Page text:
Berlusconi’s confidence vote : victory or purchase?

Behind yesterday’s images of Italian MPs waving Italian flags after confidence vote won by Berlusconi the shadows of bribery are unfolding.

According to opposition parties, Berlusconi corrupted several MPs to gather the votes he needed to win yesterday’s confidence vote. Besides the question of how a government can rule with such a narrow political majority, the issue of MPs compravendita (trade) is now the core of a parallel debate in Italy.

Over the last month several MPs left opposition parties and consequently abandoned their no-confidence positions while other MPs betrayed their previous declarations as they voted in favour of Berlusconi’s government.

Berlusconi’s victory yesterday was only a partial success. While Il Cavaliere had no troubles in the Senate, the vote in the Camera dei Deputati was won by only three votes. And these three votes are the hot issue.

Antonio Di Pietro, leader of Italia dei Valori opposition party, last Friday presented to Rome magistrates a series of documents that would prove the negotiations behind Berlusconi’s victory. Di Pietro argued several votes were literally bought by Berlusconi, who managed to corrupt several MPs picked up among opposition parties.

Although Italians are used to their politicians reviewing political views (and parties) quite often, yesterday’s afterthoughts seemed rather equivocal and incoherent.

This thesis appears more than a risky conjecture as Catia Polidori’s vote is considered. Polidori is a member of FLI, the party founded by Berlusconi’s ex ally Gianfranco Fini, who had declared his fellows were determined to vote against Berlusconi’s confidence. Thus he had to be rather surprised by Polidori’s betrayal yesterday afternoon, when she suddenly changed her mind and voted for the confidence.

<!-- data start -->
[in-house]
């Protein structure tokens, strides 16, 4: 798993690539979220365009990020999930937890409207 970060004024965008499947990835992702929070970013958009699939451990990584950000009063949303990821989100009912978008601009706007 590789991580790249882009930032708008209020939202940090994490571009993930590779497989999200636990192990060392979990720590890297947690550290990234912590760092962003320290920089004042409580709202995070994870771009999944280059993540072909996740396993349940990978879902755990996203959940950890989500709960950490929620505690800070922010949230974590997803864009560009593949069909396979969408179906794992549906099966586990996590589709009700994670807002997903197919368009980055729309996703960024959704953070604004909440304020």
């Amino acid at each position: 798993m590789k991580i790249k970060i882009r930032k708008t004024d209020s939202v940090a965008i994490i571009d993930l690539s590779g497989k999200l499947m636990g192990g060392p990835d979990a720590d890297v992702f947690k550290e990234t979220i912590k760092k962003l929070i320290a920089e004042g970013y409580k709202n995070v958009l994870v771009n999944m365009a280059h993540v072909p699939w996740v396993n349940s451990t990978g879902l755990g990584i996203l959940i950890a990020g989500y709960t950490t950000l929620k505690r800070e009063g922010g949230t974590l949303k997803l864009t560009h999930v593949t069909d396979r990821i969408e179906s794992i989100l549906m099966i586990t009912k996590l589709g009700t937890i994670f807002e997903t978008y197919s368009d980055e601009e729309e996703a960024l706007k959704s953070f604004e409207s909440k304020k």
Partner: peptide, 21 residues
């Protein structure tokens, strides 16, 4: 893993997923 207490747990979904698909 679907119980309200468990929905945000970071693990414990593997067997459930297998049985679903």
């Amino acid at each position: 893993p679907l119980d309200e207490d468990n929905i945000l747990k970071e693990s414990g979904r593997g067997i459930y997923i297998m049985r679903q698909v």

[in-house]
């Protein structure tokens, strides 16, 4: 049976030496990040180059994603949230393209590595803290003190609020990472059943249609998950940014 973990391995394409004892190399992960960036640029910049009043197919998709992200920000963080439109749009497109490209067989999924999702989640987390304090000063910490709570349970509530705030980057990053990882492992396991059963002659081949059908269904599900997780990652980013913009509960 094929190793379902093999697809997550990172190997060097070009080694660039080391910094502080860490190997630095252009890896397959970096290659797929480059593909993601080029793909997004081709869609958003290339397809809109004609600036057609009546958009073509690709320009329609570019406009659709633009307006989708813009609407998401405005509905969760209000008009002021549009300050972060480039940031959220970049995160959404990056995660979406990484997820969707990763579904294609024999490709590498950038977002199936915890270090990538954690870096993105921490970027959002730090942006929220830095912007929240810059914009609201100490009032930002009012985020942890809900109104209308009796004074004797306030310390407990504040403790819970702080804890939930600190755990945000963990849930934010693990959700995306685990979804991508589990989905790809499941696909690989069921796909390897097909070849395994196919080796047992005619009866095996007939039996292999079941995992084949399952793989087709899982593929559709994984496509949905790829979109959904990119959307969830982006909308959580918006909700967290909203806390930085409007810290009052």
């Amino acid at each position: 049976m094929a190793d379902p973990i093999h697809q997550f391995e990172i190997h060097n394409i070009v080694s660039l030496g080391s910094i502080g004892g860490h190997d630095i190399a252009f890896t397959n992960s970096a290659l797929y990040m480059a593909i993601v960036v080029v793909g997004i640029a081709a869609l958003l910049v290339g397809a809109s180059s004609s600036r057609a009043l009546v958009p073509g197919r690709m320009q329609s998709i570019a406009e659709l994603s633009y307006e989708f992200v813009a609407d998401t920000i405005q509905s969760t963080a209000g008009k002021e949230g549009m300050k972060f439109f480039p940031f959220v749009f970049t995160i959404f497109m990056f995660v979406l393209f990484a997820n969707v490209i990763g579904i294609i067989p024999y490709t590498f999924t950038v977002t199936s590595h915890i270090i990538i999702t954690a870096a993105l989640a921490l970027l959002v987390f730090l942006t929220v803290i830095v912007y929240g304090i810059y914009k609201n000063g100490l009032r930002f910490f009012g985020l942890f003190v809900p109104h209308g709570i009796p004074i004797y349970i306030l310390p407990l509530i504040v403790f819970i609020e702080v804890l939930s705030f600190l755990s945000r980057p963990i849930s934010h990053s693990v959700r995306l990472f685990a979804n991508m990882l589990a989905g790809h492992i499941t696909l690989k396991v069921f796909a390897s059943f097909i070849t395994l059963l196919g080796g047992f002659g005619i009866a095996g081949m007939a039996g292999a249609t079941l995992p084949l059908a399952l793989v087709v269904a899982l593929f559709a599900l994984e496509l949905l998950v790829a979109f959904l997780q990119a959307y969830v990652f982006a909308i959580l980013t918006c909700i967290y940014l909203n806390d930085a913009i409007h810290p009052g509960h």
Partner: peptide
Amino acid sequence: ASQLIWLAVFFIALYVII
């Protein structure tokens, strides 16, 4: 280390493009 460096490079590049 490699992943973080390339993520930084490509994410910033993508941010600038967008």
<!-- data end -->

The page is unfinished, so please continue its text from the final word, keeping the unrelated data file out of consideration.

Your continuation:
However, according to FLI member Luca Barbareschi, her vote, though unexpected, was well-reasoned. Polidori indeed is the cousin of another well-known Polidori, owner of private university CEPU and on good terms with Berlusconi.  Last July the Italian Prime Minister, after a visit to the University, declared his government had the intention to grant public funds to CEPU, equalizing Polidori’s telematic university with any ordinary private institutes.

When you receive a favour from your Prime Minister you’re expected to return it one day, Di Pietro and Barbareschi may agree.


About Ruggero Galtarossa

I'm a BA Journalism and Sociology student at City University London. I was born in Padova, Italy.I cover Italian politics and society from the angle of an Italian part-time exile. You can find me on the Huffington Post UK. View all posts by Ruggero Galtarossa

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